I watched one of the greatest tennis matches ever played on Sunday. I suppose you are thinking, who cares about tennis on the TMW site, but give me a chance on this.
Roger Federer, perhaps the greatest tennis player of all time with 20 Grand Slam titles, dueled Novak Djokovic, perhaps the greatest tennis player of all time with 15 Grand Slam titles (at the time). It was Wimbledon, in London, England, the biggest tournament of the year, perfect weather, playing on a grass court. Both players had their parents attending. Federer’s wife and their four kids were in the family box seats, and Djokovic’s parents were with his son.
It had all the ingredients of a classic. These guys have played each other almost fifty times. They respect each other, but they don’t really like each other. They are lions in the tennis jungle. The biggest of rivals, these matches are what they live for. They are wars. The winners have the most endurance, focus, and luck.
Sunday they played 5 sets and were tied 12 games each in the 5th when a newly installed tiebreaker rule went into effect. Federer and Djokovic are old men as singles tennis players go. They are 70 years old between the two men. Federer has been playing major tournaments for 20 years, Djokovic 15 years.
The point is that age is overrated today. In business, the arts, politics, sports, talent is what counts. If you can do it, you do it. If you can’t, get out, but don’t let “them” tell you when you are finished.
The crowd Sunday was almost entirely for “Rah Jah, Rah Jah,” as they indicated by chanting between many of the points. Novak said after the match that he attempted to hear the crowd chants as “No Vak, No Vak.” He said it worked most of the time. Djokovic is used to being the hated favorite and has learned how to use it for himself rather than an excuse to lose. There is a lesson for us all in his toughmindedness in the biggest matches with everybody against him. He would glance at his family box to see his parents, sometimes holding his young son, cheering avidly for him.
These men are “all in” regarding training, fitness, nutrition, and the mental game. They know their bodies. Between matches they use intravenous hyperalimentation to get the extra nutrients to recover from the previous match and be in top shape for the next one. Sunday, after five hours of the most grueling exertion, they were both hitting 120 mph serves on the lines, playing long rallies, and going to the net and racing back for lobs. Their concentration was immaculate—and astounding.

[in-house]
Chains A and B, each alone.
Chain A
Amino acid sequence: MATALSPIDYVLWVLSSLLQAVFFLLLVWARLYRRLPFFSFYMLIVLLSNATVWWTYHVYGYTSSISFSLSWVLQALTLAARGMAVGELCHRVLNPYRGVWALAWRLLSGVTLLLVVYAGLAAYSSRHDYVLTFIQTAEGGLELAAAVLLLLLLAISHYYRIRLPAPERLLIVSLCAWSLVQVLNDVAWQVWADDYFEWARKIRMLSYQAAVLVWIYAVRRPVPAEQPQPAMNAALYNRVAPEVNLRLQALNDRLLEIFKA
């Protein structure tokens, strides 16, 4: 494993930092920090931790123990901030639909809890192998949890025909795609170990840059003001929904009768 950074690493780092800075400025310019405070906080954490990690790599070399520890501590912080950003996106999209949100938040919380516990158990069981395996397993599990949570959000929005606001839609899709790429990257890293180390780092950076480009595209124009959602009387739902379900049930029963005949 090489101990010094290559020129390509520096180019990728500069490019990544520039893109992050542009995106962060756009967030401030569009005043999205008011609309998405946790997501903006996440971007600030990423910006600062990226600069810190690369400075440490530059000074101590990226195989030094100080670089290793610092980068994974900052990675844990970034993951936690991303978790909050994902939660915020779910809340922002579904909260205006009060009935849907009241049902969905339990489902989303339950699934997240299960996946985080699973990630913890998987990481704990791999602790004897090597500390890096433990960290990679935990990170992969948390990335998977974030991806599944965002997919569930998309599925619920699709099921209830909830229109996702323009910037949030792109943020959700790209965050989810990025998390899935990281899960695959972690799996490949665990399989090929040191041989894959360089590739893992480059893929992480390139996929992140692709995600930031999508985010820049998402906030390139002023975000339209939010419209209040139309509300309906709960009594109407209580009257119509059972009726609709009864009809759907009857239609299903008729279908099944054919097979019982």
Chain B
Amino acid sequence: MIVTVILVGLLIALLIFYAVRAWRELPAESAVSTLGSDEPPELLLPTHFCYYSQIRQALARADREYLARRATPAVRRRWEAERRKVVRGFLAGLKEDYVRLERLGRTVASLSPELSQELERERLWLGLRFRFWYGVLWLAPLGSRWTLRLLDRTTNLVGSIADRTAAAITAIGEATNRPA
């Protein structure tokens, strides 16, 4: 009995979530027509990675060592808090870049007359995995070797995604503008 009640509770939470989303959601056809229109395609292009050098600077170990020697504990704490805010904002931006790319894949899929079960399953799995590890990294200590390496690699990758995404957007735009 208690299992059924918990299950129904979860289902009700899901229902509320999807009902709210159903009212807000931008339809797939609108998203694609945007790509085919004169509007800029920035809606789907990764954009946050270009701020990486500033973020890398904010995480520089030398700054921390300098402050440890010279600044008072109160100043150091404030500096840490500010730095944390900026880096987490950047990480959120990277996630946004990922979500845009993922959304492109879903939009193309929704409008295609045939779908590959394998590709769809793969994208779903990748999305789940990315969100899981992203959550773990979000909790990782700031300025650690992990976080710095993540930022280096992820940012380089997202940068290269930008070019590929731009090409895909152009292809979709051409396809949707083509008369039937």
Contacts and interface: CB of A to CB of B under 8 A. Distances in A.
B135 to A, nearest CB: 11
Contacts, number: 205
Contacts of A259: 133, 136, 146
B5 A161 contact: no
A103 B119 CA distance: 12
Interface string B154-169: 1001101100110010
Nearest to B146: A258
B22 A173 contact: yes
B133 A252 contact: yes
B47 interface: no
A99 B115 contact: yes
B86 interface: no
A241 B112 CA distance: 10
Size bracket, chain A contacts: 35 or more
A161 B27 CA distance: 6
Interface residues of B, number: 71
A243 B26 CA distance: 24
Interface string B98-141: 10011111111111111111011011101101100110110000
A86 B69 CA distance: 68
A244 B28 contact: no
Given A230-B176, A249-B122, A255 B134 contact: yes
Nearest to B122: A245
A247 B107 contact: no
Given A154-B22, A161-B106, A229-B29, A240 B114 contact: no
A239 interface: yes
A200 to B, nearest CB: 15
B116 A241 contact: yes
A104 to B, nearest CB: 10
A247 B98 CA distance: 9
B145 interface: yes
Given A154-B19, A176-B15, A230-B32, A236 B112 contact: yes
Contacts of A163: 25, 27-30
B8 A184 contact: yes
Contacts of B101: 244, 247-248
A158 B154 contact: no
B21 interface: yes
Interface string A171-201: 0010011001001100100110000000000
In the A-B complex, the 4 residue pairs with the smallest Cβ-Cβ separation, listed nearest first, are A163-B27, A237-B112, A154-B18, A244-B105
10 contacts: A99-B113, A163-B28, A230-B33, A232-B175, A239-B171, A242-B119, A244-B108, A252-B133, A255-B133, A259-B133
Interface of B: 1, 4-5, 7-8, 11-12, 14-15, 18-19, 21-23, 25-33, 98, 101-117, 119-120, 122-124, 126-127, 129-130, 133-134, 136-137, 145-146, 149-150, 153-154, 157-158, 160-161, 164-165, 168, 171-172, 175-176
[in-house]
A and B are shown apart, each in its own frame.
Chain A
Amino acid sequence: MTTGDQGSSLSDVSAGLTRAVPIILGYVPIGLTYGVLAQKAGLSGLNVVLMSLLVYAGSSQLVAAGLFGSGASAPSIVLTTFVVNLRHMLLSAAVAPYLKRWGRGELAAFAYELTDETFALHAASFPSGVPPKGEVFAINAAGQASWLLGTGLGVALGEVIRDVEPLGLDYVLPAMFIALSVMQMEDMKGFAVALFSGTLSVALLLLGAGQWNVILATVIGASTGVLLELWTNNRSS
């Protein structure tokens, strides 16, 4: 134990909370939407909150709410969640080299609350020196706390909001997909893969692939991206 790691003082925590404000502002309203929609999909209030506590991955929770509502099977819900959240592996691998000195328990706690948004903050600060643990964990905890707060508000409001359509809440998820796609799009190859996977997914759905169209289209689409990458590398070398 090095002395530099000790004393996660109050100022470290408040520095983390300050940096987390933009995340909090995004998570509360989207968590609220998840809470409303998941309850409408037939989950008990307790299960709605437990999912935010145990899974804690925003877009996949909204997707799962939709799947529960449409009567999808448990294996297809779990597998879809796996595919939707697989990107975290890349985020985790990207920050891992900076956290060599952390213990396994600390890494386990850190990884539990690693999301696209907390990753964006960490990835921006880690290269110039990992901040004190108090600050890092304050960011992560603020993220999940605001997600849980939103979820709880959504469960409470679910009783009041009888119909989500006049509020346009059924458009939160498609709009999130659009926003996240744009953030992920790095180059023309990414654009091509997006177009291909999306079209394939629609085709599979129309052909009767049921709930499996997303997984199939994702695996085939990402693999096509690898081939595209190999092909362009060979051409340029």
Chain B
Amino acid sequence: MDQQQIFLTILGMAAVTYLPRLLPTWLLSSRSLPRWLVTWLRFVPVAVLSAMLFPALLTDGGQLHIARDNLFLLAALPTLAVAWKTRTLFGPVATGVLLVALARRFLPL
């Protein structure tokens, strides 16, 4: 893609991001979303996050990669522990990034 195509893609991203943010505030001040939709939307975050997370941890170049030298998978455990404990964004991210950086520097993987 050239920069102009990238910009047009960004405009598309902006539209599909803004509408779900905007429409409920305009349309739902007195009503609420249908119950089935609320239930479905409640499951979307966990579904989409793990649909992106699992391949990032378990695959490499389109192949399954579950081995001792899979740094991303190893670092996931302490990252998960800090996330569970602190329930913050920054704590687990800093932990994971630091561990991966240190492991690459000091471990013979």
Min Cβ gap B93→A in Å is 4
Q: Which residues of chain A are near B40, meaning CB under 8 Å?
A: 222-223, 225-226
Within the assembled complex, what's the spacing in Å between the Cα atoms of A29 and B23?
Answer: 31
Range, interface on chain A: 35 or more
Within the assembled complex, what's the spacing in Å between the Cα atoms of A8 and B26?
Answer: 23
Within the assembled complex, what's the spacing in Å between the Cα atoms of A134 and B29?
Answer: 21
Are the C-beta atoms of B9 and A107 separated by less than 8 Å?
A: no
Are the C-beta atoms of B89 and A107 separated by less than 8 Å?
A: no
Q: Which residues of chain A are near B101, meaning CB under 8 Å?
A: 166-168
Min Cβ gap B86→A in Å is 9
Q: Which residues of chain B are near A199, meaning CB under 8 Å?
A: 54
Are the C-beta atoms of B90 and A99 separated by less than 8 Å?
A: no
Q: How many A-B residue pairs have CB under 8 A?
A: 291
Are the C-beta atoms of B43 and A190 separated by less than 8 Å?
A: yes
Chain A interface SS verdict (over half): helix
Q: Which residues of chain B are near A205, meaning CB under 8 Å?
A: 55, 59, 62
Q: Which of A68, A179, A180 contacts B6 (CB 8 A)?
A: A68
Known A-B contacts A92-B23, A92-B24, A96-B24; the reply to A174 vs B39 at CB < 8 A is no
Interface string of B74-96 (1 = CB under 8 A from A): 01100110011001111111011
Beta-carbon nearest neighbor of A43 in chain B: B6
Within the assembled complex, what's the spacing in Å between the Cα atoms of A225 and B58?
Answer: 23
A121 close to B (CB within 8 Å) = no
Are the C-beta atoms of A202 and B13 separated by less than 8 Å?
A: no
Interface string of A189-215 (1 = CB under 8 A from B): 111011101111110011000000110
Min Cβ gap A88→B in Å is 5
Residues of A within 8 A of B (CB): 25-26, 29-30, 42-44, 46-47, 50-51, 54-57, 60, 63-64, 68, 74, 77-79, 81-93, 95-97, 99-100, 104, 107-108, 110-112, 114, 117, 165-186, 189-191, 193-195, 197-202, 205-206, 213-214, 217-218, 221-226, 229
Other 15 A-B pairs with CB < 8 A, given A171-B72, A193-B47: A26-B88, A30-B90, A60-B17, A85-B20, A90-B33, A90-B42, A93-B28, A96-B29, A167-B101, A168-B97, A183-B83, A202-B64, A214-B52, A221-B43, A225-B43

A match like Federer-Djokovic is an inspiration. It says to me that just because other folks are retiring or cutting back it does not mean I have to. Just because I had a heart attack 11 years ago it doesn’t mean I can’t be active now, at 74. It also tells me that if I am serious about business or fitness I have to be committed to it.
Will Roger and Novak eventually be supplanted by great new players? Yes, but nobody appears to be ready to beat them now.
They aren’t going to make it easy, either.
Question: Have you gotten better with age?
Yes, I am confident that I have gotten better with age. Key to the many reasons are an awareness of the strengths of peace with the spiritual guidance about my service responsibility that is now present in my life personally and in the business environment.
Living in my 60’s has not been near as much fun as living in the 60’s.
That match was proving the fact that some people manage to age with grace.
Recently, the extended Huber family, including my daughters and sisters, did enjoy a great meal at the Bottminger Schloss (castle) located just outside of Basel Switzerland. Roger Federer grew up nearby and I also did live there during my teenage years. Our waiter proudly told us that he served the Federer family in the same dining room several times in the past.
Celebrating my 80th birthday in that castle was the ultimate experience knowing that, as a teen, I always dreamed to enjoy a meal in that place. Also, hearing my family telling me to slow down while walking up the alpine paths in Grindelwald had me smile.
Still going strong!
Paul, I love your post.
Keep climbing the steep trails.
I still truly enjoy my work and my understanding of my job is enlightened by my past experiences and continued learning. Still, I am sometimes conflicted as to whether I am steering the ship well or impeding the progress that some of the younger managers would like to see. Trying to gradually hand over the reins while staying involved in a limited role. Making it up as we go along.